The campaign is funded through a grant from the county. Flyers, advertisements and social media posts are being created for middle and high schools in Boone County.

City Council Approves 2020 Budget

Sep 17, 2019
Meiying Wu

The Columbia City Council approved its annual budget for fiscal year 2020 Monday night after its fourth hearing. The budget’s projected revenue is $455.6 million and total spending is $484.9 million.

The council heard and adopted 10 additional amendments before voting 6-0 on the finalized budget. Councilmember Ian Thomas was not present. The amendments included appropriating $148,667 of state revenues from Missouri Department of Transportation to a Columbia Regional Airport reconstruction project, and accepting a grant for additional fire fighters

Nathan Lawrence / KBIA

Columbia Police Chief Geoff Jones was named to the city's top law enforcement position in August, and he is set to be sworn in at a Columbia City Council ceremony this evening.

On this edition of Intersection, Jones talks with host Janet Saidi about the goals and challenges he sees on the horizon for policing in Columbia. And he discusses what motivated him to become a police officer.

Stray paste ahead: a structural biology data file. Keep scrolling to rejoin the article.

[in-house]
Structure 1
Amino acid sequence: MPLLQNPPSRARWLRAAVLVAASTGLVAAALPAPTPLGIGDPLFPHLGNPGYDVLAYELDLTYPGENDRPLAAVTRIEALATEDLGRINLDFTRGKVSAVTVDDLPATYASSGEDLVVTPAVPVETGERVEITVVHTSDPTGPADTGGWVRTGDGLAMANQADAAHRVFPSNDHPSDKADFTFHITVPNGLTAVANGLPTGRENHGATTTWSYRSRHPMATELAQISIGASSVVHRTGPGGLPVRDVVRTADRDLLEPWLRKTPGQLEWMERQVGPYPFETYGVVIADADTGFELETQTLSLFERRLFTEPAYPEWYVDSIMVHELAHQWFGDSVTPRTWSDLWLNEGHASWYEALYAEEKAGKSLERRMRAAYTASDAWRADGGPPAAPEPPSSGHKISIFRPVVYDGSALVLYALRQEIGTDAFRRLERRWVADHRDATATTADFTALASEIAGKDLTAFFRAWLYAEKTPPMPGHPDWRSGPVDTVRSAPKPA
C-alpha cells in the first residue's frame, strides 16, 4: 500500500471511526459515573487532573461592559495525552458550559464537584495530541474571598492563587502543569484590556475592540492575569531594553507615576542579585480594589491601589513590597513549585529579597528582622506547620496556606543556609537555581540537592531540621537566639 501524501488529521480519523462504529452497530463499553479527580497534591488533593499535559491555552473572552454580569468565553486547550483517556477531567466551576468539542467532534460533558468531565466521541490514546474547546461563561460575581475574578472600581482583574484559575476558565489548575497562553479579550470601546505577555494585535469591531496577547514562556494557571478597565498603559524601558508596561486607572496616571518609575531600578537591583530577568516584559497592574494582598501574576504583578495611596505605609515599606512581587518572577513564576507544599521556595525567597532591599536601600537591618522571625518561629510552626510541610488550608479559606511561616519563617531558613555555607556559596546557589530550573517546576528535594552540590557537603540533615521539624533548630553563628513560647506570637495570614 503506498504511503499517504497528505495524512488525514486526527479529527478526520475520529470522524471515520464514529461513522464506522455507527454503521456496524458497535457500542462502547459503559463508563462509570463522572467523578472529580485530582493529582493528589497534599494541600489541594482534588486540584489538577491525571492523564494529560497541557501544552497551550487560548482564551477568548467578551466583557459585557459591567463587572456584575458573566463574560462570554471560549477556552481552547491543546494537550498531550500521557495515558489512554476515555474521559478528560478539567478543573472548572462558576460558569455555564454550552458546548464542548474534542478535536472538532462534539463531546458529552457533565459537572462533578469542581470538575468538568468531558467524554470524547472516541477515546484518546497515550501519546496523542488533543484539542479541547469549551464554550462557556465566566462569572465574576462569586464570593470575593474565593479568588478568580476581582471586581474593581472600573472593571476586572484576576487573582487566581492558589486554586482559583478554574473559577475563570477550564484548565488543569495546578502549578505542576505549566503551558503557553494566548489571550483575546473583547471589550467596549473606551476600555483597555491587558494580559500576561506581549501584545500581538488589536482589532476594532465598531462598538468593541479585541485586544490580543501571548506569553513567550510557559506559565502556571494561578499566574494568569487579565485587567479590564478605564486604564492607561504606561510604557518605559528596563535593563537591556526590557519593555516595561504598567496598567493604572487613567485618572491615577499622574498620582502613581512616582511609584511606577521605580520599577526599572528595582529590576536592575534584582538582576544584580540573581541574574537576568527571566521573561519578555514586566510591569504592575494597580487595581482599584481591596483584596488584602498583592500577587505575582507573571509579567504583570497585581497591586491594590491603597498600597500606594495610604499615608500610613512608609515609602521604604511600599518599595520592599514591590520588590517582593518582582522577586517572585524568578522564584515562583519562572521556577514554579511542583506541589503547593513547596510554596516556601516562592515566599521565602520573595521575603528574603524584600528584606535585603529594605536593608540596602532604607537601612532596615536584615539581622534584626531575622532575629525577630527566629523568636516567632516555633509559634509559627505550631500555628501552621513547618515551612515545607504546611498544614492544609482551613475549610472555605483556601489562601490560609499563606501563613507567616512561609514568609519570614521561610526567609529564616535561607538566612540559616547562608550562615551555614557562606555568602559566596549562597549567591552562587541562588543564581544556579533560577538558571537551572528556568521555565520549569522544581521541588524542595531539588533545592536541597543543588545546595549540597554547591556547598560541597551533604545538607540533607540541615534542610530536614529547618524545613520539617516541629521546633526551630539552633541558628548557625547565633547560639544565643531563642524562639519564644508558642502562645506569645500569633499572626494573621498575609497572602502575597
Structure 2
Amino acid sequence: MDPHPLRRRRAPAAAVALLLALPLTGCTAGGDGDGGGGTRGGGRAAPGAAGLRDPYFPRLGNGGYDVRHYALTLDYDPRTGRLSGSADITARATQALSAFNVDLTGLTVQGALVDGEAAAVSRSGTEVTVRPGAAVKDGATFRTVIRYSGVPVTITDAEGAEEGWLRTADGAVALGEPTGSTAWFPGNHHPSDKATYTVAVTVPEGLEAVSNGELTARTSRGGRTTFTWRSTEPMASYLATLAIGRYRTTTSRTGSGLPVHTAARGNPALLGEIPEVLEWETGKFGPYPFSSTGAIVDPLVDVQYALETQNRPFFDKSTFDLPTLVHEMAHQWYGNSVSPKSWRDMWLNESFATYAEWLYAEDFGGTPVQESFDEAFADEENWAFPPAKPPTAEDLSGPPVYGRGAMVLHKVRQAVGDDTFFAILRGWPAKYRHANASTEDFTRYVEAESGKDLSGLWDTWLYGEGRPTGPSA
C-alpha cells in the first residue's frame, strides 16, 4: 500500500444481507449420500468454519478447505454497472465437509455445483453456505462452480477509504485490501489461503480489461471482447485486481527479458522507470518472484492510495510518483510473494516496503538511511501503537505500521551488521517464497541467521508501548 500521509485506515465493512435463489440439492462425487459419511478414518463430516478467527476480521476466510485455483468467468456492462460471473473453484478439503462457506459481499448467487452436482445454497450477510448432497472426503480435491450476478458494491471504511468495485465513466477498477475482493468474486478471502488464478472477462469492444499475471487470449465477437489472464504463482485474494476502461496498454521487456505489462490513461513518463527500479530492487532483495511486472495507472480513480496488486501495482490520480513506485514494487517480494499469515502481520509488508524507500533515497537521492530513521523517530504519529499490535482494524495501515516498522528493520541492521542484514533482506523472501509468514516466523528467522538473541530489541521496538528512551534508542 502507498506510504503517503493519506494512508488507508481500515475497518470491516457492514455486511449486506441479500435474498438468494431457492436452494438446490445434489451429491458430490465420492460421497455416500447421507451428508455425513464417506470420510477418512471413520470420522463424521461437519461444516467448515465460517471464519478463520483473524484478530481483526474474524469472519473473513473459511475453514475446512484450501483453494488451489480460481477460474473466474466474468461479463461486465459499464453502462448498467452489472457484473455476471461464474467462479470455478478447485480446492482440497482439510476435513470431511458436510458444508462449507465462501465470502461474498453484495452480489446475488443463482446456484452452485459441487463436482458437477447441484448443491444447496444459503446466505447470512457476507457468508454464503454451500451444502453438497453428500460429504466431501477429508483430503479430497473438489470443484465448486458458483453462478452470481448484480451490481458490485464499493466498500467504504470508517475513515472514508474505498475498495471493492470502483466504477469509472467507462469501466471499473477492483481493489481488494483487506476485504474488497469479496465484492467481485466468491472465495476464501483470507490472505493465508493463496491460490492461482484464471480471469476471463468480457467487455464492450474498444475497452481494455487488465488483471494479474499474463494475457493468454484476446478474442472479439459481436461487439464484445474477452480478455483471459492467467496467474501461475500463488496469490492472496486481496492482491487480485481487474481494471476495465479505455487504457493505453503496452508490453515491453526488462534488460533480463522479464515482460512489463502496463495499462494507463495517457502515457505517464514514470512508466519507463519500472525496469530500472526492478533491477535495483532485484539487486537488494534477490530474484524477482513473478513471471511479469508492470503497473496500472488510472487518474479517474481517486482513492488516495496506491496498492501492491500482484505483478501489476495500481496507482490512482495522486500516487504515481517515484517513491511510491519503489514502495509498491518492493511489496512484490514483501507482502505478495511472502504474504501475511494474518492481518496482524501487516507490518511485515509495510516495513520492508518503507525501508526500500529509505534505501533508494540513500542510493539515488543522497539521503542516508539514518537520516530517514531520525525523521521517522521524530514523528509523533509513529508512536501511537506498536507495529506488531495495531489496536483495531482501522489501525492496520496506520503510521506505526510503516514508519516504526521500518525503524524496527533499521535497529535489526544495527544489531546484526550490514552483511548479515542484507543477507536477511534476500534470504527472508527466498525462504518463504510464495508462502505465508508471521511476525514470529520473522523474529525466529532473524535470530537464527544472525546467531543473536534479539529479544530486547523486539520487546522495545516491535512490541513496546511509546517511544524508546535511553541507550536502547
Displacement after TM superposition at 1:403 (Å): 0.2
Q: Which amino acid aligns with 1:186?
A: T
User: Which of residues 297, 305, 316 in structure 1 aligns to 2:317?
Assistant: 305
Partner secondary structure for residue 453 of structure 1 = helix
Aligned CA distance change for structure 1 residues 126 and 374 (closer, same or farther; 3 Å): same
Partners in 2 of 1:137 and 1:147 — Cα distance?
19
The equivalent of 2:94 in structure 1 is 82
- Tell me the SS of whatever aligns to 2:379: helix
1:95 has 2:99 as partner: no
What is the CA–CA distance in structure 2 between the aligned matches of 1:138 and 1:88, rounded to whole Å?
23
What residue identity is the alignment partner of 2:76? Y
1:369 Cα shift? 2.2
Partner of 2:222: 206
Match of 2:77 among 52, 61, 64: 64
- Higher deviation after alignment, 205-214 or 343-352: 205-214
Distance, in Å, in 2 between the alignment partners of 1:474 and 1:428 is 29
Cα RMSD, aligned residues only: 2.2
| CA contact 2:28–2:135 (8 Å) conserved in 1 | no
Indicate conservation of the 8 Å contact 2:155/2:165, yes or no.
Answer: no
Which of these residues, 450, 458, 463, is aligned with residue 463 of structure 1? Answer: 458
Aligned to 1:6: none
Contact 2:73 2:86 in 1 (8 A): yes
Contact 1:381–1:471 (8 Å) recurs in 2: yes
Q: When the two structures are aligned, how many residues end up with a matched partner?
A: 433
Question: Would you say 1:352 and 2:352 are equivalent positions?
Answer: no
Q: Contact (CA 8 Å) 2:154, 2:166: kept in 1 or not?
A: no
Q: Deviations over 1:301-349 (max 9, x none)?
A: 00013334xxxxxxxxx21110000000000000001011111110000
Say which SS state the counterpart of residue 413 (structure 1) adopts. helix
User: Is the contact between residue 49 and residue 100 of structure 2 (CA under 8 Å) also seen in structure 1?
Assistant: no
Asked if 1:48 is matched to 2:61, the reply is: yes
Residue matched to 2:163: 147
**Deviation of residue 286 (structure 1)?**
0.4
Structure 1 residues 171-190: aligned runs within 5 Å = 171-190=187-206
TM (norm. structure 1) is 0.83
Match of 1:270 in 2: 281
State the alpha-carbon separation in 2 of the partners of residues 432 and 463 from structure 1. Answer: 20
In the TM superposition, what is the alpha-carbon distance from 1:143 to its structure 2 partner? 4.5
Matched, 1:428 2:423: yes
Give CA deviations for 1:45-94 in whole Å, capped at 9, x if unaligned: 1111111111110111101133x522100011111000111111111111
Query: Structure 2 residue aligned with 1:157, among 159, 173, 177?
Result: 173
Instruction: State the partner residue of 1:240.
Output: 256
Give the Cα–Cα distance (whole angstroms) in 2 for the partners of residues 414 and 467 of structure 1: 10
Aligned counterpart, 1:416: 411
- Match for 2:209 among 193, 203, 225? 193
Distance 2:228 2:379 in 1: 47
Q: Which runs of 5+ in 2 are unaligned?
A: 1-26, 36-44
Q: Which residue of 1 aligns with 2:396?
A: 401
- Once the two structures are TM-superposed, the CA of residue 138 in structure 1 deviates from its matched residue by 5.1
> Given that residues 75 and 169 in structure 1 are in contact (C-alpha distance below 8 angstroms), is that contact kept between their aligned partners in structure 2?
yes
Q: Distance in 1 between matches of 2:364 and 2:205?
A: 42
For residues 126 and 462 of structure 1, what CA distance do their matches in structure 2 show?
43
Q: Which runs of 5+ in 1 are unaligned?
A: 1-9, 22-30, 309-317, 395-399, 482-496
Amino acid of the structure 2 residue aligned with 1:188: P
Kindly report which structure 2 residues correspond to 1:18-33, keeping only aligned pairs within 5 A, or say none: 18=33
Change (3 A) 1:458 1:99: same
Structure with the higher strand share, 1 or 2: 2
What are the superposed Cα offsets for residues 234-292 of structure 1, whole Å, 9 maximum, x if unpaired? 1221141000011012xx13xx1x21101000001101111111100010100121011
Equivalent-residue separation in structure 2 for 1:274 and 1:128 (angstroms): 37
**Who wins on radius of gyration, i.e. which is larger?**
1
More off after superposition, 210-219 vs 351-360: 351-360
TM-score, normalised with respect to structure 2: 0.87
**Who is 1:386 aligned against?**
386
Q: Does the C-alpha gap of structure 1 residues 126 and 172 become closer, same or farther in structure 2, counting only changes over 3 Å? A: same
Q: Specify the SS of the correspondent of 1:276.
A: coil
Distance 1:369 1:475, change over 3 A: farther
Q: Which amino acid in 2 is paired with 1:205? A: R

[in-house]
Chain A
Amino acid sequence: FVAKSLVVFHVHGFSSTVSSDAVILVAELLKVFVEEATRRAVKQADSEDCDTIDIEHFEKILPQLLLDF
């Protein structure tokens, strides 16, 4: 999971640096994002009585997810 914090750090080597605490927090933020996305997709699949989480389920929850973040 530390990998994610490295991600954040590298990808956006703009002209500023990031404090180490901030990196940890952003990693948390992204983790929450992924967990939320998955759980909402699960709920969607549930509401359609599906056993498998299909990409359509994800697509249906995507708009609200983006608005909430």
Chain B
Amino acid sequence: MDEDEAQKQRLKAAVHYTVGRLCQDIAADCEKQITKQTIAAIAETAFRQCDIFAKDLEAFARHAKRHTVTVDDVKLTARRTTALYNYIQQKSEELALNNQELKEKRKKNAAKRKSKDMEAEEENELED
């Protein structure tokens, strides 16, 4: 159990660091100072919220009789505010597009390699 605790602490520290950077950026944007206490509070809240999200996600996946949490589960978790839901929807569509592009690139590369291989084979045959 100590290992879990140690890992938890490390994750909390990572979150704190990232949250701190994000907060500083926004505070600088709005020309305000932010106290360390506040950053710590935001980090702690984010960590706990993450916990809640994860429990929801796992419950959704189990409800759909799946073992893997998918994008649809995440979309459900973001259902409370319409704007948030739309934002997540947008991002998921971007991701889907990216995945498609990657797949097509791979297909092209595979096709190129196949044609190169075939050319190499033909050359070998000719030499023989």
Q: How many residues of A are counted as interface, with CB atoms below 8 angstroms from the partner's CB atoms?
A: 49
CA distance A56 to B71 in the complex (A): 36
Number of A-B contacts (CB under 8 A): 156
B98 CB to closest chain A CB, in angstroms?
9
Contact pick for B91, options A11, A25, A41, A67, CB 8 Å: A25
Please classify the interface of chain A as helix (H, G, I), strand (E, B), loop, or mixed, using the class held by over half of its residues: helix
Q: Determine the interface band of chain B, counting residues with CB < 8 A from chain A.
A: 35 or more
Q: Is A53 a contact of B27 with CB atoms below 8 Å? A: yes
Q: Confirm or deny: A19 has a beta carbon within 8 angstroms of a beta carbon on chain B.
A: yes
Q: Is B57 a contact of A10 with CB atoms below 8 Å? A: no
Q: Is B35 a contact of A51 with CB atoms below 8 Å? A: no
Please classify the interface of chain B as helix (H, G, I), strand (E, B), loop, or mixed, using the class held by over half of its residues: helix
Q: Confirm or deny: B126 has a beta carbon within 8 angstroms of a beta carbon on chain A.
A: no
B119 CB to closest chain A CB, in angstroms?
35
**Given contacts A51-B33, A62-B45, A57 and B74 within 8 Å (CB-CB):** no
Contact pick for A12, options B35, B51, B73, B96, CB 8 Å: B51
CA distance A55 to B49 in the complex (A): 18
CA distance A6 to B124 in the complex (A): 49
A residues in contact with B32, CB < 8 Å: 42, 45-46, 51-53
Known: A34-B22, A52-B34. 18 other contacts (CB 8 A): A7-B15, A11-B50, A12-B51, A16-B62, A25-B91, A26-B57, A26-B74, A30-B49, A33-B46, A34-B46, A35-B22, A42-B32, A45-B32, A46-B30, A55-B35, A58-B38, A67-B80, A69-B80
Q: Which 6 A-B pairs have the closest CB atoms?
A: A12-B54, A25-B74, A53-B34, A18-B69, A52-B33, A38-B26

City Halts Curbside Recycling Due to Staff Shortage

Sep 16, 2019

City officials cancelled curbside recycling collection for Monday, Sept. 16, due to a staff shortage of 22 employees in the City of Columbia Solid Waste Utility company.

The lack of employees includes nine vacancies, nine shortages due to injuries or illness and four unavailable for different reasons. Currently, the city is turning to temporary labor services to minimize the impact of the shortages and make up for the lack of available workers.

There may be a cease-fire, but the economic "border war" involving the use of incentives to lure jobs across the state line in the Kansas City area isn't exactly over.

The Kansas City Star reports that Missouri officials plan to award $62 million in incentives to the Overland Park, Kansas-based financial firm Waddell & Reed. The incentives are through the Missouri Works program, which offers payroll tax withholdings or tax credits in exchange for growing or retaining jobs.